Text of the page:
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Jim Krause | Classes | P351 Video Field & Post Production

Week 15


  • This week in lab we're watching Final Projects in Studio 5 starting promptly at 9 AM. Don't be late!
  • Please double check your project (file size, proper codec, pixel dimensions, audio, etc.) and make sure it starts and ends in black. Upload it to our shared Google Drive folder well before it is due. Projects that are too big are difficult for people to download. If your project is too big, just bring it into Media Encoder and export an H.264 with about 70% quality.
  • FINAL EXAM: The Spring P351/J560 Final Exam (scheduled by the Registrar) is 5:20 PM, Wednesday, May 4 and administered via Canvas. (Day & time assigned by registrar.)

Final Thoughts

Hopefully this class has given you a chance to create some good portfolio projects. Your education is just beginning. If you are dedicated to following the path of production & design you need to continually seek out opportunities to learn, stay on top of emerging gear and procedures, and continue adding to your portfolio.

A few recommendations:

Final Test Review

Final Exam is worth 70 points! The best way to review for it is to study the class notes and the midterm (expect everything you got wrong on the midterm to be on the final). The final will be true/false, multple choice, and short answer. It will cover the following areas:

  • Shooting/Editing Techniques
    • Cybercollege editing guidelines
      • Edits work best when motivated
      • Whenever possible cut on subject movement.
      • Keep in Mind the Strengths and Limitations of the Medium (TV is a close-up medium)
      • Cut away from the scene the moment the visual statement has been made.
      • Emphasize the B-Roll
      • If in doubt, leave It out
    • Technical continuity vs production (shooting/editing) continuity
    • Continuity editing
    • Acceleration editing
    • Expanding time
    • Causality & Motivation (Must have in order to be successful)
    • Relational editing (Shots gain meaning when juxtaposed with other images. Pudovkin's experiment)
    • Thematic editing (montage)
    • Parallel editing
  • Cameras
    • Imaging devices: CCDs and CMOS
    • Sensor size (matters) especially in regard to Depth of Field
    • What are the main factors impacting DOF? (imager size & aperture)
    • Zebra stribes - What are they good for? What would you set them for?
    • Viewfinders: focus assist (peaking & magnify features)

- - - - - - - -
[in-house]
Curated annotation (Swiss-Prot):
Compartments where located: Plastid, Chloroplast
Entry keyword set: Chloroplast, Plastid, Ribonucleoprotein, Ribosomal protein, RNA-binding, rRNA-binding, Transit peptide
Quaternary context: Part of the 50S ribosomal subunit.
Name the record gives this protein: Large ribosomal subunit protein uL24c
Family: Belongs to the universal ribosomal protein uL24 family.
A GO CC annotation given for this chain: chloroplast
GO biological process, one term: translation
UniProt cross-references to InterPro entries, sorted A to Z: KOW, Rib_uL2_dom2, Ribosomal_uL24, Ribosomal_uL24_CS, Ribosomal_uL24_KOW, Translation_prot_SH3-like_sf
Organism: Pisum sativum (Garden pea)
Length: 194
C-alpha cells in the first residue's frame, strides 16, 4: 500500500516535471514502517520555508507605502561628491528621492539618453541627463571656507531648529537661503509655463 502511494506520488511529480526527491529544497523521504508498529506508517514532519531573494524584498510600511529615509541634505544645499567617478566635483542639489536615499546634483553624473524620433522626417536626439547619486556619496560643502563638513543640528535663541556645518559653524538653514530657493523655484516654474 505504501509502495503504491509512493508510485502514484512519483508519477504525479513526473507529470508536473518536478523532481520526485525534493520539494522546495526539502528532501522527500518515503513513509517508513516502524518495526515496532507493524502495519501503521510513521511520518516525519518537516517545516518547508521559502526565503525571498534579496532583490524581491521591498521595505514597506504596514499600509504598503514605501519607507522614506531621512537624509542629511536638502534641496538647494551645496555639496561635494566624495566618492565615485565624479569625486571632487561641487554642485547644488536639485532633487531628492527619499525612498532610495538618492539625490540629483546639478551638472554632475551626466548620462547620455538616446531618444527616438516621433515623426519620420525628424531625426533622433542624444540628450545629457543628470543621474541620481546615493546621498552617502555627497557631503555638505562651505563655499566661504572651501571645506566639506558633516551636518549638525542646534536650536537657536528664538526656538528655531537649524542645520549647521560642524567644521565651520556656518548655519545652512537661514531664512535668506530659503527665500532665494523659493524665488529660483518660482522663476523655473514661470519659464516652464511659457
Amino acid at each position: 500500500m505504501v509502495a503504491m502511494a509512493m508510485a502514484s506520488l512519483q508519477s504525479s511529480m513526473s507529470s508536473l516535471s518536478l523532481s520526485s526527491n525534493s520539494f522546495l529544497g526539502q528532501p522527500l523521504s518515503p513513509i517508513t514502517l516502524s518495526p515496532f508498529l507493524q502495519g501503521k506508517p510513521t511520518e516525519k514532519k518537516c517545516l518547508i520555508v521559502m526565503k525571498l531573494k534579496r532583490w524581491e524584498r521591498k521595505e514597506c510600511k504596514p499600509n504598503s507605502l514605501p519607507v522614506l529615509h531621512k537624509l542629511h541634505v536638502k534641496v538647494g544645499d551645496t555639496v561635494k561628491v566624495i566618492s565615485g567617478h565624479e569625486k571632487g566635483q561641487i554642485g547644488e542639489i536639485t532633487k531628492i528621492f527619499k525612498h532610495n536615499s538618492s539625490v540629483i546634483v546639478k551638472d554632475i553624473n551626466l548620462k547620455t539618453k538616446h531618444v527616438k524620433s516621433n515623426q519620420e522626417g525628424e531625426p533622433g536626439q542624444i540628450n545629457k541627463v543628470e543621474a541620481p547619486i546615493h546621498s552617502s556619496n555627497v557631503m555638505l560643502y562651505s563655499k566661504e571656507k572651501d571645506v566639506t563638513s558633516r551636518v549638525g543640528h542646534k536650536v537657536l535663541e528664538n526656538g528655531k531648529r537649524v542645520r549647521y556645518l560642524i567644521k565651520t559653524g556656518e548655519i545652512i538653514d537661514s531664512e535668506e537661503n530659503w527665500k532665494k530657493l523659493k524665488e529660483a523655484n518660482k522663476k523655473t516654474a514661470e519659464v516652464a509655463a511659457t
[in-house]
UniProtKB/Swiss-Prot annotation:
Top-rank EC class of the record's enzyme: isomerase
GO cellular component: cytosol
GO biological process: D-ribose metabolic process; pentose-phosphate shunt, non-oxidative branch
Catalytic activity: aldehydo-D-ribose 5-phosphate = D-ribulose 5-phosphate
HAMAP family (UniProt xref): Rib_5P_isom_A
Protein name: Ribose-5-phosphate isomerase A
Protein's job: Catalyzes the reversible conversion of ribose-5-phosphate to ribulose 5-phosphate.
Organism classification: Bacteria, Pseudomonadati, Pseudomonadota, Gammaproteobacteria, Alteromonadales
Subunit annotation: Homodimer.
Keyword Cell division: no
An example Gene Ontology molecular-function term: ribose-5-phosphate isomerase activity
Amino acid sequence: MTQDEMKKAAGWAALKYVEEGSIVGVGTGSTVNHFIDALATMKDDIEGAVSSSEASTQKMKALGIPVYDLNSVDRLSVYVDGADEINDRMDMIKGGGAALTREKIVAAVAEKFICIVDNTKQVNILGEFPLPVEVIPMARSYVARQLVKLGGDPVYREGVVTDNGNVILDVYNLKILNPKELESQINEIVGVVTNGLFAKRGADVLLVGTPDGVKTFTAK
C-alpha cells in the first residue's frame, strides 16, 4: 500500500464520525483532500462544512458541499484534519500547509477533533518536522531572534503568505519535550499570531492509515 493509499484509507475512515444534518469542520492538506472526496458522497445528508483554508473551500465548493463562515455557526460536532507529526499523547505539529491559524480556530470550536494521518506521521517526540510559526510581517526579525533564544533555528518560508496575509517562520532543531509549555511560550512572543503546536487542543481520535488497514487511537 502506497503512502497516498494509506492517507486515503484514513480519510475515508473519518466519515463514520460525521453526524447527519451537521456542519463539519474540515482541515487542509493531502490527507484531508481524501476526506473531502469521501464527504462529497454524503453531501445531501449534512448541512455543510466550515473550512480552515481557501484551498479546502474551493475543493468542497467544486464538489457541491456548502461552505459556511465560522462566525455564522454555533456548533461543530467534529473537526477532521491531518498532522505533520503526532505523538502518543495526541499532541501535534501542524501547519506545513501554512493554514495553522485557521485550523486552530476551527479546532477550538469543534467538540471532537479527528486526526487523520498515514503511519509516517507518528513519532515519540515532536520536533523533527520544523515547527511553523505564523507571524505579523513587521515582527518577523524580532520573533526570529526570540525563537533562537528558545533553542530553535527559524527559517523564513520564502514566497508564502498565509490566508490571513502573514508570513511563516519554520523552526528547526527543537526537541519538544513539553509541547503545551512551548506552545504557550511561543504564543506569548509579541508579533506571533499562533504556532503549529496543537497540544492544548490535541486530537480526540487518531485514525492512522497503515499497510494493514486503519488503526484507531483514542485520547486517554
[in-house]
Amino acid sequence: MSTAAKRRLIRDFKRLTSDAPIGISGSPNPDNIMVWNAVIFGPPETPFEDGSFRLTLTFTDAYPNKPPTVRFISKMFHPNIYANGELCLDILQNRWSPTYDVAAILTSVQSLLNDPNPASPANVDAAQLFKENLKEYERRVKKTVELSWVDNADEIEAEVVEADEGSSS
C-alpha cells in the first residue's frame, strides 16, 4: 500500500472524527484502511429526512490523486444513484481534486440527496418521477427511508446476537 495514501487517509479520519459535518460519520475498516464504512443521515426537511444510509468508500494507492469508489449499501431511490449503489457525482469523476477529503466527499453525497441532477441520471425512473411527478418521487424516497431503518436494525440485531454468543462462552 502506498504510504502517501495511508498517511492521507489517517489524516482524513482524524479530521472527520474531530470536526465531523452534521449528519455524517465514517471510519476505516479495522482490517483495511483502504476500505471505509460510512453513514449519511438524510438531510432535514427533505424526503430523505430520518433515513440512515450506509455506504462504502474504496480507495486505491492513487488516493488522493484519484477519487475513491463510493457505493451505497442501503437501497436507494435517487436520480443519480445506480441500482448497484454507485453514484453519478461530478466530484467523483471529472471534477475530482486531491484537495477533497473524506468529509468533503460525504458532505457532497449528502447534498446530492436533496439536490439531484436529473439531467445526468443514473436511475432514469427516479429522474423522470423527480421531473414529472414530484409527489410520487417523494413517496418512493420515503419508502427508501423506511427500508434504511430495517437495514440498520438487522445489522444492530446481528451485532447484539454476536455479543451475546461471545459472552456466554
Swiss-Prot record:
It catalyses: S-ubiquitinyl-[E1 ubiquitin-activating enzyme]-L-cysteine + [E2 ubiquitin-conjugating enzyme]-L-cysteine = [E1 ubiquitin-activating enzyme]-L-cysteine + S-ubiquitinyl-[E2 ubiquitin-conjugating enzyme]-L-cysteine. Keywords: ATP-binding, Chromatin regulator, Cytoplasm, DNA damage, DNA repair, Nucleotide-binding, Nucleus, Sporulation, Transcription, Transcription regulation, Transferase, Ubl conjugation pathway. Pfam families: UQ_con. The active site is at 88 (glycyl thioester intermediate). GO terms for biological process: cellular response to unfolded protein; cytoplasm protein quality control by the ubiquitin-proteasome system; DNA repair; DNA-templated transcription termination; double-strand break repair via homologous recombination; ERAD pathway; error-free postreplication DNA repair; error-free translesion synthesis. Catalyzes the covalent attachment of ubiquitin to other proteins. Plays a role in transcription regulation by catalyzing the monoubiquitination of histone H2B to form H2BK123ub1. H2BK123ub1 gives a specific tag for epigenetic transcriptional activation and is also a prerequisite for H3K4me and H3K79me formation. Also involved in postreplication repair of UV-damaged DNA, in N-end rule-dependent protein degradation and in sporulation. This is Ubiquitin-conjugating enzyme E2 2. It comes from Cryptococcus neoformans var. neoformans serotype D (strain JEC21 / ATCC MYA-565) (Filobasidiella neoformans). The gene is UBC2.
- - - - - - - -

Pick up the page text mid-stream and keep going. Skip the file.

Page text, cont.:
• Gain/ISO - What does turning up the gain do?
    • Shutter speeds - what is a faster shutter speed good for (2 good uses)
  • Lenses
    • Depth of Field - what affects this?
    • Rack focus - How can you achieve this?
    • Angle of view & focal length - How are they related?
    • f-stops - Know your f-stops & what they mean
    • ND filters - What are they good for?
  • Audio
    • Audio Perspective (What is it?)
    • Microphones (types: polar patterns / electrical characteristics)
    • Hz (same as cycles per second) and kHz (Hz x 1000)
    • balanced v unbalanced
    • Normalizing - (What does this do?)
  • Lighting
    • types of lighting instruments
    • color temp
    • HMI , LED, flourescent
    • Lux vs footcandles
    • soft vs hard key
    • broad vs narrow lighting
  • Video signal / technology
    • ATSC (Advanced Television Systems Committee) developed standards for digital broadcast & distribution
    • Codecs (What does it stand for? GOP aka interframe verses intraframe)
    • Color Bars
    • Color Correction & Color Grading
    • Color sampling (4:4:4 v 4:2:2 v 4:1:1)
    • Digital Cinema vs Digital Cinematography
    • Frame rate for broadcast TV: 30 fps (actually 29.97)
    • Frame rate for digital film: 24 fps (actually 23.976)
    • HD vs 2K & 4K (UHD)
    • HD pixel dimensions (1920 x 1080 or 1280 x 720)
    • LUT (What is it?)
    • Metadata
    • NTSC, PAL, SECAM (World standards)
    • progressive v interlace video signals
    • Pulldown process (converting 24 fps to 30 fps, interlaced)
    • Timecode (difference between drop frame & non-drop frame)
    • Waveform monitors & vectorscopes (What are they and what do they show?)
      • important IRE levels: (0 & 100)


  • We'll meet at 9AM so you can introduce your projects and carry out the Peer Critiques.
    • Before watching any videos, start a new document in Text Edit. Include your name at the top.
    • For each project, every student must write down the name of the student whose video they are critiquing, at least two things that they thought were done well, and at least two ways they think it could be improved. (Bullet points are fine.
    • When you have finished watching all of the videos and writing your comments, upload a copy to the Peer Critiques folder in our IU Box Final Projects folder.



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